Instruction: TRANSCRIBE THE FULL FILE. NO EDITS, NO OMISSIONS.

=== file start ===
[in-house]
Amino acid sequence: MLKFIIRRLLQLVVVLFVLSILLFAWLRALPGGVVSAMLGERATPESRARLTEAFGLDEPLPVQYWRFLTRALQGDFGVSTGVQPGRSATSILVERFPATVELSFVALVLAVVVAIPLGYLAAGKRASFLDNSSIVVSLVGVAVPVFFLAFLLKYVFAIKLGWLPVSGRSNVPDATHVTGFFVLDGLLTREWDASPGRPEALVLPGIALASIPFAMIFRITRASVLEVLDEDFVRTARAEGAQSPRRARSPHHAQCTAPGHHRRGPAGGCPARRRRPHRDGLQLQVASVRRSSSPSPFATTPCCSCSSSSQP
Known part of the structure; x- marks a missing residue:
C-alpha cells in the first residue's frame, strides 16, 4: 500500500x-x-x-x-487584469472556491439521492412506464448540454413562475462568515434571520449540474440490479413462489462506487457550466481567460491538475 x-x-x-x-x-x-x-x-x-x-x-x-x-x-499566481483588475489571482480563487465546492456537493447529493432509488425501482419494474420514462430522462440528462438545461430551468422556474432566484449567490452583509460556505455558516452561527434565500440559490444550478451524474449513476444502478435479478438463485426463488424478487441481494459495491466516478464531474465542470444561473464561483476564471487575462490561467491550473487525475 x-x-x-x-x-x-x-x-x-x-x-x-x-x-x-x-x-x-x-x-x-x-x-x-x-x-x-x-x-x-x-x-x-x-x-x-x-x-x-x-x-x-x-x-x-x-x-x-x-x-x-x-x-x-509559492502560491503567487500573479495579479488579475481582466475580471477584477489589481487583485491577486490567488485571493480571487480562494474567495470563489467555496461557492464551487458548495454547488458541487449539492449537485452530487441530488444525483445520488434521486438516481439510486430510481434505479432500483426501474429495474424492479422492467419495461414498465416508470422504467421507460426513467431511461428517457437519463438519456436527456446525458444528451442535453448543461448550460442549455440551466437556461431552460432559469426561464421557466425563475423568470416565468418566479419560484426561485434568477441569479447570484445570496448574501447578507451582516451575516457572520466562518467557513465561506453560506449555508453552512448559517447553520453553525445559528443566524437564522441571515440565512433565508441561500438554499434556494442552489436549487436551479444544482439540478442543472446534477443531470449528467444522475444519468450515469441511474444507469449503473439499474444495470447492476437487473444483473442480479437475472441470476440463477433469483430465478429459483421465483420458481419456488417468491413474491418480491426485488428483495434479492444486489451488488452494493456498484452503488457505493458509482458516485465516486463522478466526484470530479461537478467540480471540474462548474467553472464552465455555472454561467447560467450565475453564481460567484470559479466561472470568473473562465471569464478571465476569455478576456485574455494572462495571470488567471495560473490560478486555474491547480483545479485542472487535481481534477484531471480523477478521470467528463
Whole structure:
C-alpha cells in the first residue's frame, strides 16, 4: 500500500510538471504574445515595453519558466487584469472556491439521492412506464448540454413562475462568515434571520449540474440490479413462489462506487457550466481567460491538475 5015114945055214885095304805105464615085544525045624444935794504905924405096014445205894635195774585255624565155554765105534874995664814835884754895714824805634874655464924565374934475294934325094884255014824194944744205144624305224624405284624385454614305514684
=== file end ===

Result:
[in-house]
Amino acid sequence: MLKFIIRRLLQLVVVLFVLSILLFAWLRALPGGVVSAMLGERATPESRARLTEAFGLDEPLPVQYWRFLTRALQGDFGVSTGVQPGRSATSILVERFPATVELSFVALVLAVVVAIPLGYLAAGKRASFLDNSSIVVSLVGVAVPVFFLAFLLKYVFAIKLGWLPVSGRSNVPDATHVTGFFVLDGLLTREWDASPGRPEALVLPGIALASIPFAMIFRITRASVLEVLDEDFVRTARAEGAQSPRRARSPHHAQCTAPGHHRRGPAGGCPARRRRPHRDGLQLQVASVRRSSSPSPFATTPCCSCSSSSQP
Known part of the structure; x- marks a missing residue:
C-alpha cells in the first residue's frame, strides 16, 4: 500500500x-x-x-x-487584469472556491439521492412506464448540454413562475462568515434571520449540474440490479413462489462506487457550466481567460491538475 x-x-x-x-x-x-x-x-x-x-x-x-x-x-499566481483588475489571482480563487465546492456537493447529493432509488425501482419494474420514462430522462440528462438545461430551468422556474432566484449567490452583509460556505455558516452561527434565500440559490444550478451524474449513476444502478435479478438463485426463488424478487441481494459495491466516478464531474465542470444561473464561483476564471487575462490561467491550473487525475 x-x-x-x-x-x-x-x-x-x-x-x-x-x-x-x-x-x-x-x-x-x-x-x-x-x-x-x-x-x-x-x-x-x-x-x-x-x-x-x-x-x-x-x-x-x-x-x-x-x-x-x-x-x-509559492502560491503567487500573479495579479488579475481582466475580471477584477489589481487583485491577486490567488485571493480571487480562494474567495470563489467555496461557492464551487458548495454547488458541487449539492449537485452530487441530488444525483445520488434521486438516481439510486430510481434505479432500483426501474429495474424492479422492467419495461414498465416508470422504467421507460426513467431511461428517457437519463438519456436527456446525458444528451442535453448543461448550460442549455440551466437556461431552460432559469426561464421557466425563475423568470416565468418566479419560484426561485434568477441569479447570484445570496448574501447578507451582516451575516457572520466562518467557513465561506453560506449555508453552512448559517447553520453553525445559528443566524437564522441571515440565512433565508441561500438554499434556494442552489436549487436551479444544482439540478442543472446534477443531470449528467444522475444519468450515469441511474444507469449503473439499474444495470447492476437487473444483473442480479437475472441470476440463477433469483430465478429459483421465483420458481419456488417468491413474491418480491426485488428483495434479492444486489451488488452494493456498484452503488457505493458509482458516485465516486463522478466526484470530479461537478467540480471540474462548474467553472464552465455555472454561467447560467450565475453564481460567484470559479466561472470568473473562465471569464478571465476569455478576456485574455494572462495571470488567471495560473490560478486555474491547480483545479485542472487535481481534477484531471480523477478521470467528463
Whole structure:
C-alpha cells in the first residue's frame, strides 16, 4: 500500500510538471504574445515595453519558466487584469472556491439521492412506464448540454413562475462568515434571520449540474440490479413462489462506487457550466481567460491538475 5015114945055214885095304805105464615085544525045624444935794504905924405096014445205894635195774585255624565155554765105534874995664814835884754895714824805634874655464924565374934475294934325094884255014824194944744205144624305224624405284624385454614305514684